Sometimes trades are a long time in the making.
As was the case with one Joe Shlabotnik, who you might know as the mind behind the fantastic blog, "The Shlabotnik Report." Joe and I had been reading each other's blogs for at least a couple years now, yet somehow we hadn't ever traded before. This is odd, because I'm sure I've traded at least once with most of the longer-tenured bloggers in the business.
That recently changed, I'm happy to report, with a PWE I received from Shlabotnik HQ a few months back. I'm always eager to see what first-time traders pick out for me, and I cracked the seal on the envelope with a great deal of anticipation.
Right off the bat, BOOM: this terrific OPC Bando won me over from the start.
Then came a couple 2017 Topps insert needs in the form of these two greats of generations past.
While I agree that the Legend subset isn't exactly filling a deep void -- I own hundreds of cards of both Bo and Musial -- I seem to be one of the few who actually likes this year's "Salute" series.
All I can say to people who send me harder-to-find Cubs these days is one big THANK YOU.
Living in the Chicago area, you have no idea how much time and money you're saving me by doing so, especially when you send me retail-only Rizzo inserts and chillingly scarce Heritage SPs of guys like Schwarbs.
But this, without question, was the king of this PWE, and the card that kicked off my first trade with Mr. Shlabotnik in the first place.
Joe had posted Stanton & Co. on his blog at some point, and I made a comment saying how I'd been seeking a copy for my binders, because I'll be darned if this isn't one of my Cards of the Year thus far (for obvious reasons). Lo and behold, Joe emailed me with the intention of sending it my way, and it was on my doorstep days later.
Thus ended Phase One of my correspondence with Joe Shlabotnik.
Phase Two came a short while later when Joe emailed me asking for a couple different want lists of mine, the first being a list of the 1969-70 Topps Seattle Pilots I still needed.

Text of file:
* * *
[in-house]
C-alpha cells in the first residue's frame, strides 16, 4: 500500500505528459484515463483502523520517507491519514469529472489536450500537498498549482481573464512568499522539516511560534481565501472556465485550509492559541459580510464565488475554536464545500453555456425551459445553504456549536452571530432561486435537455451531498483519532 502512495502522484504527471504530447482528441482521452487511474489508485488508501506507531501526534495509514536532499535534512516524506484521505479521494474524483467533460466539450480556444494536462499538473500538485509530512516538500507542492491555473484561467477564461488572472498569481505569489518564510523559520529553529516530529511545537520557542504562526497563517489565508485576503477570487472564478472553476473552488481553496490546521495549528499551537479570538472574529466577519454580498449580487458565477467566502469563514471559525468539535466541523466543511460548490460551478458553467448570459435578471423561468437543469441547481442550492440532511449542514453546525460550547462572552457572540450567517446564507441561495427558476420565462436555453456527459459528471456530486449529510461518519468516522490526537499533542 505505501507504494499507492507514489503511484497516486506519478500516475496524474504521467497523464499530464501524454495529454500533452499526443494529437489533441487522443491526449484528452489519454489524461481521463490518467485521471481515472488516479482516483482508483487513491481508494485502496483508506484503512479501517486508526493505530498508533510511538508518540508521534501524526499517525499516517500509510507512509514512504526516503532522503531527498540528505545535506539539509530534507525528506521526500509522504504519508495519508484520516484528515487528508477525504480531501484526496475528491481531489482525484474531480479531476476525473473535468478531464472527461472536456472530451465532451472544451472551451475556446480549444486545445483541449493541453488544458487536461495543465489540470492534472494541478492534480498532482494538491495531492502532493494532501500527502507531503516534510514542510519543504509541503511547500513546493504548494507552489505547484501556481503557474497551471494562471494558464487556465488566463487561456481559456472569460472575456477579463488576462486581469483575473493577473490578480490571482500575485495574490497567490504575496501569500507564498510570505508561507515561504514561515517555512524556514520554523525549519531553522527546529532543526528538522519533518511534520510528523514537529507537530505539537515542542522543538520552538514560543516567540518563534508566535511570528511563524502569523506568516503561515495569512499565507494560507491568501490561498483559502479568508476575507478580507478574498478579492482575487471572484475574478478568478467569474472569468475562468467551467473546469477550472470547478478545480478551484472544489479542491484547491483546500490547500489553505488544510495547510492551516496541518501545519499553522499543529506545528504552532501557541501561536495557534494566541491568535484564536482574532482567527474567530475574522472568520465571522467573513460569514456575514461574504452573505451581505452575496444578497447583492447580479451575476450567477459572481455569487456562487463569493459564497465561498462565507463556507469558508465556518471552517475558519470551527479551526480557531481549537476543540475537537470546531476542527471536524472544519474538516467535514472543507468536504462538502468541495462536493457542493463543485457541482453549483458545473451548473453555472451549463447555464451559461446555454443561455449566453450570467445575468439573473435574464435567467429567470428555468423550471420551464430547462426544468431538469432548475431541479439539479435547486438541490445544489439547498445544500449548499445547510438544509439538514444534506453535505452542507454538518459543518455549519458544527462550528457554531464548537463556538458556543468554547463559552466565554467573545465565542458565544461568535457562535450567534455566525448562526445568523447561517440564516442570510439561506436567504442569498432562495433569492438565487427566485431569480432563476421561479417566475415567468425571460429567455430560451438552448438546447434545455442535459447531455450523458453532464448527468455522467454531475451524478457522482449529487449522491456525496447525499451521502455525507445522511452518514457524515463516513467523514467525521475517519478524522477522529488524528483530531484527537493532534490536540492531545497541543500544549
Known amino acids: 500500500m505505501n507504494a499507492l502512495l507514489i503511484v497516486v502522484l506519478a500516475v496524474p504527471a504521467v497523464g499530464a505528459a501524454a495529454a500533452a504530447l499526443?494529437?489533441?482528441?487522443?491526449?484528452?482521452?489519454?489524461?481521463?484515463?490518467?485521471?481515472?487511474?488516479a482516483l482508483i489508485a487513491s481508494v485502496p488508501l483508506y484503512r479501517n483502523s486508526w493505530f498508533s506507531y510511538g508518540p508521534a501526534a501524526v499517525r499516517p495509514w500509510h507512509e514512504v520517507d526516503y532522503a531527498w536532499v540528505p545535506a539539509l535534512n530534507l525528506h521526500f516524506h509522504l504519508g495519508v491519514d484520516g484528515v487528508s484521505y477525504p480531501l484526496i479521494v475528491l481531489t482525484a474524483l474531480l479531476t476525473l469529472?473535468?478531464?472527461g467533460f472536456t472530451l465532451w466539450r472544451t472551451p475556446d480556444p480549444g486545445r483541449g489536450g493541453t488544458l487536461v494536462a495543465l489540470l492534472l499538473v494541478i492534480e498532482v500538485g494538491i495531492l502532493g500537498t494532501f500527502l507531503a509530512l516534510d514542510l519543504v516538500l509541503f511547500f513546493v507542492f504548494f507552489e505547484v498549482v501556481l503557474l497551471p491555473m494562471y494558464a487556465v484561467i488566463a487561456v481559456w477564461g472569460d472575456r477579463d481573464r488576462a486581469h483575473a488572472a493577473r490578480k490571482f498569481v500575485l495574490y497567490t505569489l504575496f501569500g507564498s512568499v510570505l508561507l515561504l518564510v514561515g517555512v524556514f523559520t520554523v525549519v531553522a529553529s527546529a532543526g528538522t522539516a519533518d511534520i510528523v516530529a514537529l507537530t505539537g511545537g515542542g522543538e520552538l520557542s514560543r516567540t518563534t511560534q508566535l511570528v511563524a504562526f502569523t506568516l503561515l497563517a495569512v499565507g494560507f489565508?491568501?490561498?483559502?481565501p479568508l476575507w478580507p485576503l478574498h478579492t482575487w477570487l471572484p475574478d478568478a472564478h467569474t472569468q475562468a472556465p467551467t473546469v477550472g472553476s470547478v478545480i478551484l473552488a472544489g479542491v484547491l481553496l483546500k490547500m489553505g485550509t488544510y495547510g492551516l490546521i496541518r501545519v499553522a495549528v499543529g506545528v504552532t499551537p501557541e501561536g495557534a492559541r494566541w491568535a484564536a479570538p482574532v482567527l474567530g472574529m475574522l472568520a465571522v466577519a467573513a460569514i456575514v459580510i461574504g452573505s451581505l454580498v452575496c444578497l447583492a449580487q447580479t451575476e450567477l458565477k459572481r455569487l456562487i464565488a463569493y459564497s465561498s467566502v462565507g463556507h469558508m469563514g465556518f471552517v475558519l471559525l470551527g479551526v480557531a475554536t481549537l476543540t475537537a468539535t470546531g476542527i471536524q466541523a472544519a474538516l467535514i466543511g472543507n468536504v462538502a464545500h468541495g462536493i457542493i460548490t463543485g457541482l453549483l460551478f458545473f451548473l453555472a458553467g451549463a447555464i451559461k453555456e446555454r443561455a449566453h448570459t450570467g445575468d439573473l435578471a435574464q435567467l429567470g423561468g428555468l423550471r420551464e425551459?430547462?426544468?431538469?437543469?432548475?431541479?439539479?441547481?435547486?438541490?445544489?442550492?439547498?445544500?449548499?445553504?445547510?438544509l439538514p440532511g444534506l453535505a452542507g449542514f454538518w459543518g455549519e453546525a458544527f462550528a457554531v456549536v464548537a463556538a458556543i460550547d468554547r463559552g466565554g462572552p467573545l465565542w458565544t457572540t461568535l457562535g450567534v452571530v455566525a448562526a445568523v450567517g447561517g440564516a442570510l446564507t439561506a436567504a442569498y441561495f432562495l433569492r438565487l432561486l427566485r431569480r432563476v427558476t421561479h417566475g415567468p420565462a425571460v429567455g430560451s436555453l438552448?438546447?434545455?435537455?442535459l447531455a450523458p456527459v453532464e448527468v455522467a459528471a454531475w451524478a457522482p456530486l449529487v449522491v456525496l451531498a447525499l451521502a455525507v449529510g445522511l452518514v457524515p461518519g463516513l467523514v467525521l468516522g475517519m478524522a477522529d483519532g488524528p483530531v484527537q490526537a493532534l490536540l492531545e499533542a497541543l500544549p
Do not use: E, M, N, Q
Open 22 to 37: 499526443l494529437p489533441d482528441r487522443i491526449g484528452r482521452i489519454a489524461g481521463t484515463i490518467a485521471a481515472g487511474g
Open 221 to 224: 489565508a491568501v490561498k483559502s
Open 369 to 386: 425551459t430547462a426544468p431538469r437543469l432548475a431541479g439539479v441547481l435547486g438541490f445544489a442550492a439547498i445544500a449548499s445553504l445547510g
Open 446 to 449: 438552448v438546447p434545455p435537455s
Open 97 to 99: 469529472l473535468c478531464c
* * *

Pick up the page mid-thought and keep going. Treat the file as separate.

I don't think Joe knew it, but he was helping me out a great deal by basically forcing me -- a person who often dreads compiling want lists -- to sit down and actually pinpoint the remaining gaps in my Pilots collection. I've said this before, but what once started as a tongue-in-cheek quest to get Every Pilots Card Ever Made has, with time, turned into somewhat of an attainable goal.
Turns out I was a lot closer to reaching my subgoal of getting Every Topps Pilots Card Ever Made than I thought I was -- I was shocked to discover that I needed just nine more Pilots between the 1969-70 checklists to have them all.
Now, thanks to Joe, that number is down to just four, as he knocked out five of my nine remaining wants.
One reason I love collecting the Pilots -- aside from the general curiosity of a big-league team existing for exactly one season -- is the cast of characters and also-rans the team employed.
You have Don Mincher, a power-hitting first baseman who was only one of two Pilots (with Mike Hegan) to make the All-Star team in the franchise's only season. But you also have Roland Sheldon, a guy who never pitched a single game in the Pilots' organization and, in fact, never pitched in a big league game after 1966 -- yet there he is on a card a whole three years later.
As is the unsung glory of expansion teams.
The second want list Joe requested was my remaining needs from 1976 SSPC, another list I'd never actually sat down to make before.
I do still need a fair amount from this set, and though I'm mostly down to the bigger names by now, a few relatively common ones have slipped through the cracks as well.
And lest you think this second PWE was devoid of Stanton-esque goofiness, here's former Brewer Jim Colborn on a card that might cause either levity or horror, depending on the viewer.
Though perhaps not huge, huge names in the hobby, Campy and Davey Lopes were among the few fan-favorite types I hadn't yet tracked down from SSPC.
And last but not least, here's one of those big names I was talking about: Brooks Robinson.
While he was in the later stages of his career at this point, Brooks is at his most effervescent on this fantastic card, one that I can't thank Mr. Shlabotnik enough for giving me.
Talk about a tale of two trades: I was talking Heritage SPs and goofy masks one minute, Seattle Pilots and SSPC the next.
It's almost hard to believe the same guy sent both of these glorious envelopes my way.